into being, “becoming only a progressive loss” (Hegel 1969, 539).4 In contrast,
Deleuze finds that the circle of return means that the philosophy of Hegel is one
of identity even if disguised in the apparent difference of contradiction:
Difference is the ground, but only the ground for the demonstration of the
identical. Hegel’s circle is not the eternal return, only the infinite circulation of
the identical by means of negativity. (Deleuze 1994, 50)
Deleuze accuses Hegel’s circle of being the ground that assures the “circula-
tion of the identical.” The Hegelian system would thus be the circle of identity,
wherein everything returns once and over again, always identical to itself. Noth-
ing ever changes. Reality is such as it is. If you don’t like the conditions of your
existence, better get used to it. Deleuze’s repetition, on the other hand, would
be the “eternal return,” the differenciation of difference: it assures the develop-
ment of difference, thus the possibility of creation of reality, the possibility of
change (personal, political, artistic, environmental).
But also this extreme difference between the systems of Hegel and Deleuze
is not a definite point of fracture. Even here the relation between the two phi-
losophers is less one of simple opposition than a problematical one, for on page
88 of Difference and Repetition this ground that “organizes the presents into the
circle of time” is what Deleuze calls Idea.5 Idea: the Idea of Plato, of Leibniz,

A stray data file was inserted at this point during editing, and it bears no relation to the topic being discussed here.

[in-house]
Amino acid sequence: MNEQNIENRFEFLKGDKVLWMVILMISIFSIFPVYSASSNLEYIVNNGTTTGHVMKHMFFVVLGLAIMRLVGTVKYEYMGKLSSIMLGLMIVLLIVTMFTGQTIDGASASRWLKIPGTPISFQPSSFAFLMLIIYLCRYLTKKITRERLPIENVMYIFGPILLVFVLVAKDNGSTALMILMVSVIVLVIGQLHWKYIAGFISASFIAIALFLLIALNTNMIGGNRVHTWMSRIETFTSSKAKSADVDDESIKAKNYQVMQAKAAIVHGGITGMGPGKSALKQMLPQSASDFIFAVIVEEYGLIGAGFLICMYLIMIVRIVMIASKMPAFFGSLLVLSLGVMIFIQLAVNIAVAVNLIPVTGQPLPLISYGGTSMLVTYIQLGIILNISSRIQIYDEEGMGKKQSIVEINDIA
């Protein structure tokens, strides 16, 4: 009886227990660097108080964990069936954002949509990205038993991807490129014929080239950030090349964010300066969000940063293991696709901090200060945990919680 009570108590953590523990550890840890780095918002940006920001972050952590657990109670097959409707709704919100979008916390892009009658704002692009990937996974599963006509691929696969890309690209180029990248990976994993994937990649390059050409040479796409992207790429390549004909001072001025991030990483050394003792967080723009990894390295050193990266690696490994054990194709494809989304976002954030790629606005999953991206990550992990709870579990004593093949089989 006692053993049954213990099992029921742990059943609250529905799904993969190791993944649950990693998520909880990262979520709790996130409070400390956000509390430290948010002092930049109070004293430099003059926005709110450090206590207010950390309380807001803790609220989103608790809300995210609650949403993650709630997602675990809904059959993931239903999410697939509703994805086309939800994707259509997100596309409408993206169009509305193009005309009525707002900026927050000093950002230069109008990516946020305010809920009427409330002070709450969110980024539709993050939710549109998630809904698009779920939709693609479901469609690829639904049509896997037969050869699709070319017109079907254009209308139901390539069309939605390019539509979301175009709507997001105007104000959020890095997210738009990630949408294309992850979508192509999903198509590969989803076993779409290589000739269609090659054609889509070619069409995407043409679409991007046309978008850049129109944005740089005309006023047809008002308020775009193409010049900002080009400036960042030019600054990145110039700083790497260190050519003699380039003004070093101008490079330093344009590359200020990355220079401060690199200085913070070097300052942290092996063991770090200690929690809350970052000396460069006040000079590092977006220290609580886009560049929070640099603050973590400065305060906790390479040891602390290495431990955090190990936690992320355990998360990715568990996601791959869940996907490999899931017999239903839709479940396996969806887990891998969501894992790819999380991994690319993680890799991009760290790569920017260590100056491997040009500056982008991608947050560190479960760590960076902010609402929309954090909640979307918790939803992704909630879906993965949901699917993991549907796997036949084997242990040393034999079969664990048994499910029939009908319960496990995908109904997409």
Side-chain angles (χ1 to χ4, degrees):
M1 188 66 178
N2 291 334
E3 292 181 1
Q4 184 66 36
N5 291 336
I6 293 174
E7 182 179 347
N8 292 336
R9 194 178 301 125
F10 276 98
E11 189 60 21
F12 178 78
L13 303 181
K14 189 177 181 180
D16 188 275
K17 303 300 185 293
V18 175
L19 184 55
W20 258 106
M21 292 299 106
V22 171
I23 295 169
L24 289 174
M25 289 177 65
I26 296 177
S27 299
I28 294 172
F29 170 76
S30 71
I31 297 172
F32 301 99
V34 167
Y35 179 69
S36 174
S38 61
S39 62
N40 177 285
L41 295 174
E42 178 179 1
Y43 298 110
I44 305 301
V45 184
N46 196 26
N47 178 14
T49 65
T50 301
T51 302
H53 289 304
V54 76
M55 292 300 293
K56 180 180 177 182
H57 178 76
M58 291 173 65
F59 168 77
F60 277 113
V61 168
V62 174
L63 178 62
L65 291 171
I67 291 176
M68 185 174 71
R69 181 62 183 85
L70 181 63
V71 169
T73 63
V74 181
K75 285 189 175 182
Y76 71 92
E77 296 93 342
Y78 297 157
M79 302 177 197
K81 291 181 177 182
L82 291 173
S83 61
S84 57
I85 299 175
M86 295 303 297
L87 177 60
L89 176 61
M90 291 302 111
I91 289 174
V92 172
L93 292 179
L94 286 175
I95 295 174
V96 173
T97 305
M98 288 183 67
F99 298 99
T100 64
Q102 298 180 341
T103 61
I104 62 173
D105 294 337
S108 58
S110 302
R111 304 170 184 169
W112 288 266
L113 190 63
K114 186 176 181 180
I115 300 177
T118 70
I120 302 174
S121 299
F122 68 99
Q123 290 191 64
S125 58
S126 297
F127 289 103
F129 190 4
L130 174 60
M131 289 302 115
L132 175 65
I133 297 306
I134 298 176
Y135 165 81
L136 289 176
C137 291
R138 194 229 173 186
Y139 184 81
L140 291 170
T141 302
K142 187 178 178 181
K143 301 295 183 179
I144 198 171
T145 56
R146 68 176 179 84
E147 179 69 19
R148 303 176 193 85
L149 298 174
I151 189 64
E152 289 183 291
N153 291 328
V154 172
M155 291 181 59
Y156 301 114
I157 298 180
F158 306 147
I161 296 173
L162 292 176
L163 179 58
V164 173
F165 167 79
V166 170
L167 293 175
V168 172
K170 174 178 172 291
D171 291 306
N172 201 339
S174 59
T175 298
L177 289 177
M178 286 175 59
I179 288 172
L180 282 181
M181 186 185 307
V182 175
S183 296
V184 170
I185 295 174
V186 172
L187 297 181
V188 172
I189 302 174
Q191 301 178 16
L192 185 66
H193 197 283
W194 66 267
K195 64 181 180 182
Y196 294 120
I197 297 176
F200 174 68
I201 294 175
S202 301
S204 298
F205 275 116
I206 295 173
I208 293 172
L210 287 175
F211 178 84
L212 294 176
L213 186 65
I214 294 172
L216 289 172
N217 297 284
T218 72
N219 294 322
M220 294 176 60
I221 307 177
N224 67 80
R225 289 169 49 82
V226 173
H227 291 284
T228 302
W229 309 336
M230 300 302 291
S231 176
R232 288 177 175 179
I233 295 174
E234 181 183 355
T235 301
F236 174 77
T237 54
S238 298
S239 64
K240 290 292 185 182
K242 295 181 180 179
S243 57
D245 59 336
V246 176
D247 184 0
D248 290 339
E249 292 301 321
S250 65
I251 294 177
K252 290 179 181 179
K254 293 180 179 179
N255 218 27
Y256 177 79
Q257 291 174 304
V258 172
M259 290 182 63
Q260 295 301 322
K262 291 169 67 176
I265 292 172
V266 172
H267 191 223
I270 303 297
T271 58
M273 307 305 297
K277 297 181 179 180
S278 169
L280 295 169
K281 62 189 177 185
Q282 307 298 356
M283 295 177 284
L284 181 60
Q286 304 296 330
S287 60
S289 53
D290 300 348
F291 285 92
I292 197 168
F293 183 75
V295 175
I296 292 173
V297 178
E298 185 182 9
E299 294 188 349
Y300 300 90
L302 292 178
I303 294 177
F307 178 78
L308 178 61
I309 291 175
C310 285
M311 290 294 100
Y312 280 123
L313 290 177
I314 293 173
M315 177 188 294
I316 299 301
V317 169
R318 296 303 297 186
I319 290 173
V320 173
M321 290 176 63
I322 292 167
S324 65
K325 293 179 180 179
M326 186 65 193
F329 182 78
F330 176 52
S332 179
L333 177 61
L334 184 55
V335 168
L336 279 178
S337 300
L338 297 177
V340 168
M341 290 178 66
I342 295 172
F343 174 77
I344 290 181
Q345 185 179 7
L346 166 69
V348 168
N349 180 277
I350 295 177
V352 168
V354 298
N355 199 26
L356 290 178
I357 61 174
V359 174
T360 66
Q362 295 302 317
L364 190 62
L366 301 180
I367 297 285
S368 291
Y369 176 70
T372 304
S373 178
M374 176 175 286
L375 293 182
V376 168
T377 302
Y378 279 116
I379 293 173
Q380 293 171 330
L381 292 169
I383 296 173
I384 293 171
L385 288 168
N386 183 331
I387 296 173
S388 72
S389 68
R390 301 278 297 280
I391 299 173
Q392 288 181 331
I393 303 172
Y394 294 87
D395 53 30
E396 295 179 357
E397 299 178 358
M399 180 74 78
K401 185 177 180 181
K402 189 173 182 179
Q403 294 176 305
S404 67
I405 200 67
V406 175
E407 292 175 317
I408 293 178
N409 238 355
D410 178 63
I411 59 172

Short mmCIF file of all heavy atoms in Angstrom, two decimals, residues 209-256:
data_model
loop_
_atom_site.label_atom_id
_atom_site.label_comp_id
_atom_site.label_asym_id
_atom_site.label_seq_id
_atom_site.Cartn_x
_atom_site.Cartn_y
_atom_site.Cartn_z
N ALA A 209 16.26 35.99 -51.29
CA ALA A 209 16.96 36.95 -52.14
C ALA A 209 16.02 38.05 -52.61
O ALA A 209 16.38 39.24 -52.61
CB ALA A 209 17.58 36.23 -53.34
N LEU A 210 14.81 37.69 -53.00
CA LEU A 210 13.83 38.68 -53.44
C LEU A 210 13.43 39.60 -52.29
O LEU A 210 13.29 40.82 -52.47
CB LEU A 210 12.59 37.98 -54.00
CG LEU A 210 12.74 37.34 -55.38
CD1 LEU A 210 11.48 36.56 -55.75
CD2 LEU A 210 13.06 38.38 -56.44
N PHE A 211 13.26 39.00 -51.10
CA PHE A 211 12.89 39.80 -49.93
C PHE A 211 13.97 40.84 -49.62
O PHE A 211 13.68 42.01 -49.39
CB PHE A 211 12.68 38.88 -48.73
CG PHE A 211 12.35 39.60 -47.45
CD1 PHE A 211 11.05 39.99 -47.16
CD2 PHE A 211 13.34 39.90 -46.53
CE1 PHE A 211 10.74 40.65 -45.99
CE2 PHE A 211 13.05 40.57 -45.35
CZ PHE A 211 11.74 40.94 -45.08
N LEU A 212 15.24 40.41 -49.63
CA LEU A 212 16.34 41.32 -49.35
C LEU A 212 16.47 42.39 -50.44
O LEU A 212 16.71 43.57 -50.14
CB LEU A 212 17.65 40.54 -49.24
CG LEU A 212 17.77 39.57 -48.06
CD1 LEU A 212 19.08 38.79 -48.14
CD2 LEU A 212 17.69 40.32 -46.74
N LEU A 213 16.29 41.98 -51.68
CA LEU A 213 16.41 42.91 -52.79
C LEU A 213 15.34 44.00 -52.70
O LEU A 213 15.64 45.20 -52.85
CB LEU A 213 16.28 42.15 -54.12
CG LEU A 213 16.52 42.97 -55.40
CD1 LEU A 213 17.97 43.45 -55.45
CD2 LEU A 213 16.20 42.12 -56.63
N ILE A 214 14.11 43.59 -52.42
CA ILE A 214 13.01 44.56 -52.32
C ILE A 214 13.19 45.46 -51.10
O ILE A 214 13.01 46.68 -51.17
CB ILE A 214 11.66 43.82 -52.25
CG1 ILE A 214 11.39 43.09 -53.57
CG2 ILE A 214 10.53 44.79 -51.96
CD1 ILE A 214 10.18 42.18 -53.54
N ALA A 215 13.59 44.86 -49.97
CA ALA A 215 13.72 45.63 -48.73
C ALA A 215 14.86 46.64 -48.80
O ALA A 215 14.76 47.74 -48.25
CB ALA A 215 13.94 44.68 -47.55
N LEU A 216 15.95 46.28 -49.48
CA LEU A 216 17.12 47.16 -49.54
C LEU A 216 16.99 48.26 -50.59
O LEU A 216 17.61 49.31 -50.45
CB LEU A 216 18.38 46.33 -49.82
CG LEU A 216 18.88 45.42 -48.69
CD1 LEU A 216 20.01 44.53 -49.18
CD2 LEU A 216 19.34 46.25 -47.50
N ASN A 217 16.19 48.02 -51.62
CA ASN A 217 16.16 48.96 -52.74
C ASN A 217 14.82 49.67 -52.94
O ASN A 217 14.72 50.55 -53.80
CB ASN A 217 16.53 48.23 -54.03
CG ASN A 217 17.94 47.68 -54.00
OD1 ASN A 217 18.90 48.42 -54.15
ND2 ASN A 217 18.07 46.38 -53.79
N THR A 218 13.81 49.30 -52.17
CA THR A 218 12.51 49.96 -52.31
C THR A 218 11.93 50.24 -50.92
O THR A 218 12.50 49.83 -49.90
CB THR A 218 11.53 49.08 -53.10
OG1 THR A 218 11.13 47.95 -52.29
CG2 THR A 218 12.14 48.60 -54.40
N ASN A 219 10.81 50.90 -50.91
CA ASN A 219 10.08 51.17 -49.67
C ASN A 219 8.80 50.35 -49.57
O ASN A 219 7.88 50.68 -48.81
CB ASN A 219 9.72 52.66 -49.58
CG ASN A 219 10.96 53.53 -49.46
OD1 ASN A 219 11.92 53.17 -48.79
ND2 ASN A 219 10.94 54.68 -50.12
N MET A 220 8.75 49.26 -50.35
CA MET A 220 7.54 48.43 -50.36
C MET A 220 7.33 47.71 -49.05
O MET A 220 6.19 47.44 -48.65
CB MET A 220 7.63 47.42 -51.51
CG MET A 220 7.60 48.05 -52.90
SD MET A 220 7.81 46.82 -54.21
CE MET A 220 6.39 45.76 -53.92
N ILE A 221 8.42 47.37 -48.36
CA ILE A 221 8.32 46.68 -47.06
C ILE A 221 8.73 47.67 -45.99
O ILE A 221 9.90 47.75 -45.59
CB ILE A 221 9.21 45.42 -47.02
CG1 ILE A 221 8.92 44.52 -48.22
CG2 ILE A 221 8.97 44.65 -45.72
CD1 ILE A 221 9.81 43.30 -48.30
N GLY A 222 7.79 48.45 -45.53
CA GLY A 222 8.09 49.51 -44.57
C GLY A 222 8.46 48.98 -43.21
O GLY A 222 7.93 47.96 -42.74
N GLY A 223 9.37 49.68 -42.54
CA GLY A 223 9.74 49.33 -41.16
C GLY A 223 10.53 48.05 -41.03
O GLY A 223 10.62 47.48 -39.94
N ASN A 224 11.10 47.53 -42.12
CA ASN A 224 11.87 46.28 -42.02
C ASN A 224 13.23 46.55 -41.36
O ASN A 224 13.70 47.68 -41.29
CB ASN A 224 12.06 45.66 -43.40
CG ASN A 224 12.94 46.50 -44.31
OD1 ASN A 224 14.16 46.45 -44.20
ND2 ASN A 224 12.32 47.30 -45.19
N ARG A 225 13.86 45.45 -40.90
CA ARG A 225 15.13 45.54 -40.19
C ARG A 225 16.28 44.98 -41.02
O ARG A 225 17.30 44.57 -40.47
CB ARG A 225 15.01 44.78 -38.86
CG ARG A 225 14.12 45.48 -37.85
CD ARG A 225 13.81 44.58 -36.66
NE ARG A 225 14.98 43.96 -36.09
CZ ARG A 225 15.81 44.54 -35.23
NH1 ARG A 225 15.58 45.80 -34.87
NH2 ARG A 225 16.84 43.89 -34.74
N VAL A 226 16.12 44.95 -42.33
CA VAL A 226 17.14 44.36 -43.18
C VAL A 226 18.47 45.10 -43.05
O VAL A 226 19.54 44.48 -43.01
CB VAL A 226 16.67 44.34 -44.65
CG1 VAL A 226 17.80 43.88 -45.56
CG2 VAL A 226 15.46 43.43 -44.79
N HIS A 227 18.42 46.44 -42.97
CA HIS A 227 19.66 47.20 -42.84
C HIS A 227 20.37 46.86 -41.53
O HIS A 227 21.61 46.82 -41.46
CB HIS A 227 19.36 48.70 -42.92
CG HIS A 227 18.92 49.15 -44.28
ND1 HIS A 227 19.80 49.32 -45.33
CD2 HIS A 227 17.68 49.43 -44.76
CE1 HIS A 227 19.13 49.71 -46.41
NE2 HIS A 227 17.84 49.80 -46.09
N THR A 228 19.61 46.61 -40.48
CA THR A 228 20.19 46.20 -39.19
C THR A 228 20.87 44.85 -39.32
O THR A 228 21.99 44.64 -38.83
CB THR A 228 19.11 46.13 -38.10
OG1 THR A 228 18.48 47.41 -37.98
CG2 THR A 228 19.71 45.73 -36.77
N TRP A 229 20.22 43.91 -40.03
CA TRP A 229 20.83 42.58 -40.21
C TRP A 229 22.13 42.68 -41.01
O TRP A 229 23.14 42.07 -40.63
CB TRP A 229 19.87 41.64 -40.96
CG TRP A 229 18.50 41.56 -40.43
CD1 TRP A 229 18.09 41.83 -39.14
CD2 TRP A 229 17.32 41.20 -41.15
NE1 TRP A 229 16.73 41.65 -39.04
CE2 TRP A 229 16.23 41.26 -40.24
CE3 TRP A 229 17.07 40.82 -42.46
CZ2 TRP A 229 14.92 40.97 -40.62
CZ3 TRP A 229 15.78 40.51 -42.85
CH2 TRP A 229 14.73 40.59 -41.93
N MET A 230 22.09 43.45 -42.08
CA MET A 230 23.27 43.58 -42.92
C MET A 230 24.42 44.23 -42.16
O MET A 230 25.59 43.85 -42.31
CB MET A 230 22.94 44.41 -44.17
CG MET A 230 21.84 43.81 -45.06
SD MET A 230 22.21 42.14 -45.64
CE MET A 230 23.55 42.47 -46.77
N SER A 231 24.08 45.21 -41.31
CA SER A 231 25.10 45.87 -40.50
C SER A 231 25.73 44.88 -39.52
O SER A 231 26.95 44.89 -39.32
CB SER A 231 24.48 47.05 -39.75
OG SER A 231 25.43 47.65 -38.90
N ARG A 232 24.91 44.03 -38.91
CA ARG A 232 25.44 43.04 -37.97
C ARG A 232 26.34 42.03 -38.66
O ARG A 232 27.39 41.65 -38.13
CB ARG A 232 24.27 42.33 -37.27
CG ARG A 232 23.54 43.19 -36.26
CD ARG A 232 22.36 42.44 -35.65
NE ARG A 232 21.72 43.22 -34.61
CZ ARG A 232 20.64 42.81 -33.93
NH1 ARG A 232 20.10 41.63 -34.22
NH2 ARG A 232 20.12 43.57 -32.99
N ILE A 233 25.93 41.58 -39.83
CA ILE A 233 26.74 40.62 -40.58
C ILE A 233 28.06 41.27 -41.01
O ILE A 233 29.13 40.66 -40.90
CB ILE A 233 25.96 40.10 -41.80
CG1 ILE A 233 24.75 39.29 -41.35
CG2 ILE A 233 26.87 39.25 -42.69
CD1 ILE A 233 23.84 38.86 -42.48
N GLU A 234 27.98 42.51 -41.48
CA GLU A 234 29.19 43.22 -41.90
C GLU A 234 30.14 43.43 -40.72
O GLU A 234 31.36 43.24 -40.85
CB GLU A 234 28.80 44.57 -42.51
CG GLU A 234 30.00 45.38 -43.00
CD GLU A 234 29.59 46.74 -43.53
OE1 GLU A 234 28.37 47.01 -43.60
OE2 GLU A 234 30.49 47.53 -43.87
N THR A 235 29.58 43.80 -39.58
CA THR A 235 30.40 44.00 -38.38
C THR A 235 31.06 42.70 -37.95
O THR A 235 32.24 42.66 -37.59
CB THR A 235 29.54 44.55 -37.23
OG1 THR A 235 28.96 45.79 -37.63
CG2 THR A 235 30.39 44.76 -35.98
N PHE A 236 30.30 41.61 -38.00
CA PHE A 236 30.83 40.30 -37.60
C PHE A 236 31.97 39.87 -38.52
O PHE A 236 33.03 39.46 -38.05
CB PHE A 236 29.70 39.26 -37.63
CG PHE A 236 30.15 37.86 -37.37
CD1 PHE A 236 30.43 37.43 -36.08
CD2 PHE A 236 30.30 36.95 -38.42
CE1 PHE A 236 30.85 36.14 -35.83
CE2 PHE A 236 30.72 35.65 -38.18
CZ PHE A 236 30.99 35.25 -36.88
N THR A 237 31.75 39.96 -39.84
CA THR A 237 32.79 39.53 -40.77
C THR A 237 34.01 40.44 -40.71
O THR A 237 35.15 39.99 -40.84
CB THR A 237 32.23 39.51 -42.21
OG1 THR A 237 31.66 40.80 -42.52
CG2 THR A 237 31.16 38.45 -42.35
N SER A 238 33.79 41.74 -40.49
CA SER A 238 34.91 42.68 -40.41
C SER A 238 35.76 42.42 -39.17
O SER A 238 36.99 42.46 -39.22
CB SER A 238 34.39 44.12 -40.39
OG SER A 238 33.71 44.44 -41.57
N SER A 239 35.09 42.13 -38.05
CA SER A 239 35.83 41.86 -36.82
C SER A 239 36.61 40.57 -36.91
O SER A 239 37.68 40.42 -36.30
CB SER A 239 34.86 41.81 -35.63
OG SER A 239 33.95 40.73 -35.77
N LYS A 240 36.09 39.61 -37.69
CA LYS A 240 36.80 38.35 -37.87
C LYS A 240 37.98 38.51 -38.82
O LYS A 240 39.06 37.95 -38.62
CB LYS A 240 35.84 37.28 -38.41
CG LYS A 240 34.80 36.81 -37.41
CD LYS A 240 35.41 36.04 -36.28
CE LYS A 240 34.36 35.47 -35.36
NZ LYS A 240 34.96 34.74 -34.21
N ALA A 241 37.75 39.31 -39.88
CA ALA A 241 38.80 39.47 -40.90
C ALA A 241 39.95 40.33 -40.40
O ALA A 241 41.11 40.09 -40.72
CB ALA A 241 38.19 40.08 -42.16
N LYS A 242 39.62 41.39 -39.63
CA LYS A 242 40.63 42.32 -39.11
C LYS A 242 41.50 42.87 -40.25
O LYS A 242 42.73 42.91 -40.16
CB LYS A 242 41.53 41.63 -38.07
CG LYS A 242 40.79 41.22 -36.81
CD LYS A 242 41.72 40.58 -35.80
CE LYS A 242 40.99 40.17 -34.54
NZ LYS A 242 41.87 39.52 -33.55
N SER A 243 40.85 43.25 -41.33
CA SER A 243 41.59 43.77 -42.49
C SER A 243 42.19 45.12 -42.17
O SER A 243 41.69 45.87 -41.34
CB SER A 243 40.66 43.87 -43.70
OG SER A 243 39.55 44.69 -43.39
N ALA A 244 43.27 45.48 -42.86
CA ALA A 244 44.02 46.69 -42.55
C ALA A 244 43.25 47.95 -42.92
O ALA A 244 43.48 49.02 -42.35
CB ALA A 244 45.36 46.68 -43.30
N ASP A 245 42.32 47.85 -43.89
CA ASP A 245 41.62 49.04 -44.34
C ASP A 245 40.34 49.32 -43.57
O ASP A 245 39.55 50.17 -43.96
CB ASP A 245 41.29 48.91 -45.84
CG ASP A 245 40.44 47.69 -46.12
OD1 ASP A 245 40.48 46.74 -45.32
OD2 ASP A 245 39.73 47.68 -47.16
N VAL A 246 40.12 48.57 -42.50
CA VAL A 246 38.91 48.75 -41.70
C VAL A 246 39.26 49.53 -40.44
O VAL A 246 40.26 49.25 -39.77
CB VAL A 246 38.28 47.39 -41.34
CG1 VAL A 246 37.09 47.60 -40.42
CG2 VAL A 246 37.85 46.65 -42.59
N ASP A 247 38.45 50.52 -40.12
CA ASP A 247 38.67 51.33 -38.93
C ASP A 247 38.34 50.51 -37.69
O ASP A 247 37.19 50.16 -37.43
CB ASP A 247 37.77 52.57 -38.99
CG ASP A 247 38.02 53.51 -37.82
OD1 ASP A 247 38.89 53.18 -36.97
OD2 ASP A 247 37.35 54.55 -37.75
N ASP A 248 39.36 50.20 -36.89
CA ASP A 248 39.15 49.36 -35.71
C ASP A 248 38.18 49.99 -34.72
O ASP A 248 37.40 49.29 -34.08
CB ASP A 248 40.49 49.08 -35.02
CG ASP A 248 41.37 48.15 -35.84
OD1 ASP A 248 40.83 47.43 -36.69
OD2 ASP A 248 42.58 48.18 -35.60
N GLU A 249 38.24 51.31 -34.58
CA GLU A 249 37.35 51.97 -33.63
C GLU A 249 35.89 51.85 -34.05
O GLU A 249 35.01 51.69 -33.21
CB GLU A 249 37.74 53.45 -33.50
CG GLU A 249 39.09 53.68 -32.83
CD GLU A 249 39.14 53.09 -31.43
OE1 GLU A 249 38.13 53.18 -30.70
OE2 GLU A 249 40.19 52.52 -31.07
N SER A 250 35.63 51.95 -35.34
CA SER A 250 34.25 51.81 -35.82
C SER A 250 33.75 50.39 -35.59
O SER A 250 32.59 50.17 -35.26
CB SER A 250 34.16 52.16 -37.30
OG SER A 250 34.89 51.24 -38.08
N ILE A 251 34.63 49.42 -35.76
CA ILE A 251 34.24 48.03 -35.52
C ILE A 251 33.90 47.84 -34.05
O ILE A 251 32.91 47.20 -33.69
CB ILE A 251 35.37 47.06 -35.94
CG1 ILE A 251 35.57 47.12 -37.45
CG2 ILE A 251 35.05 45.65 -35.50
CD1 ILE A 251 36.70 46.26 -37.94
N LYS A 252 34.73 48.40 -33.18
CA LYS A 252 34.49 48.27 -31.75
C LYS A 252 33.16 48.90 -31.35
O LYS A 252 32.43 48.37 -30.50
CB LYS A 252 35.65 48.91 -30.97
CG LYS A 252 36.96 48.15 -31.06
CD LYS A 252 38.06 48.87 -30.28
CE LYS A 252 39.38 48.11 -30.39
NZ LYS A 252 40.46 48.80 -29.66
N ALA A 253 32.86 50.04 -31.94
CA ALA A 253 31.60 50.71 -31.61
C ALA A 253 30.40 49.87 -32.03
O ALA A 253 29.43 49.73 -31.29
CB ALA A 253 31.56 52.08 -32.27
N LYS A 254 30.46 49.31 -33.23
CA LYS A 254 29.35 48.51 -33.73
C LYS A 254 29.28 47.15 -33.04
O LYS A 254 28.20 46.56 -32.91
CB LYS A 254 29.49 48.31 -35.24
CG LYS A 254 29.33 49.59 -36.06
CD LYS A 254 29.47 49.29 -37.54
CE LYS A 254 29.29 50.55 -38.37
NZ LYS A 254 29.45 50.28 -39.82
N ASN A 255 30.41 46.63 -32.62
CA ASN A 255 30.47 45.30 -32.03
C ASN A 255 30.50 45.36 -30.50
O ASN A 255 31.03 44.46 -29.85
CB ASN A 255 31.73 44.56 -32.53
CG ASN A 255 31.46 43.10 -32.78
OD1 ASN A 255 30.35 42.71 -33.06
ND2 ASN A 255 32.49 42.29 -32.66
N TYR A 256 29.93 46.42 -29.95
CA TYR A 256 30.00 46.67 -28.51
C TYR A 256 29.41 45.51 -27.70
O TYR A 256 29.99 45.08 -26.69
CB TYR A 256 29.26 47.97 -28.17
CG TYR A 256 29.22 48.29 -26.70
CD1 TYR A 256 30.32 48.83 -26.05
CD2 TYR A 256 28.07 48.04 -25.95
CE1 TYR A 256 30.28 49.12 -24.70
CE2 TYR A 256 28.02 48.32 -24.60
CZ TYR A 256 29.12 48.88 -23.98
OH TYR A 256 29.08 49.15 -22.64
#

of Hegel, he says. Then the ground would only be a definite point of fracture
4. This is in the context of the Hegelian critique of Spinoza, where he aligns it with oriental
philosophy, or Hinduism to be more precise. As Janicaud pointed out in 1968 (the same year
of the publication of Difference and Repetition), this rapprochement is apparently incoherent,
considering that the Spinozist philosophy and Hinduism are quite opposed to each other,
and, also that “Hegel’s take on the Indian sacred texts is schematic and reductionist” ( Janicaud
1968, 179). In any case, this critique is key to the rapport that I am calling Deleuze-Hegel.
5. “The Ideas none the less remain the ground on which the successive presents are organized
into the circle of time, so that the pure past which defines them is itself still necessarily
expressed in terms of a present, as an ancient mythical present” (Deleuze 1994, 88).

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Ideas, from Hegel to Deleuze 99
as long as Difference and Repetition was a critique of the Idea. But it is not. In
Chapter IV (entitled “Ideas and the Synthesis of Difference”) the Idea appears
as a concept that is at the heart of the Deleuzian philosophy of difference:
Just as we oppose difference in itself to negativity, so we oppose dx to not-A, the
symbol of difference [Differenzphilosophie] to that of contradiction … dx is the
Idea—the Platonic, Leibnizian or Kantian Idea, the “problem” and its being.
(Deleuze 1994, 170–171)

If we compare the statements on pages 88 and 171, the meaning seems to be

at odds with itself: the Idea would be the ground that organizes the circle of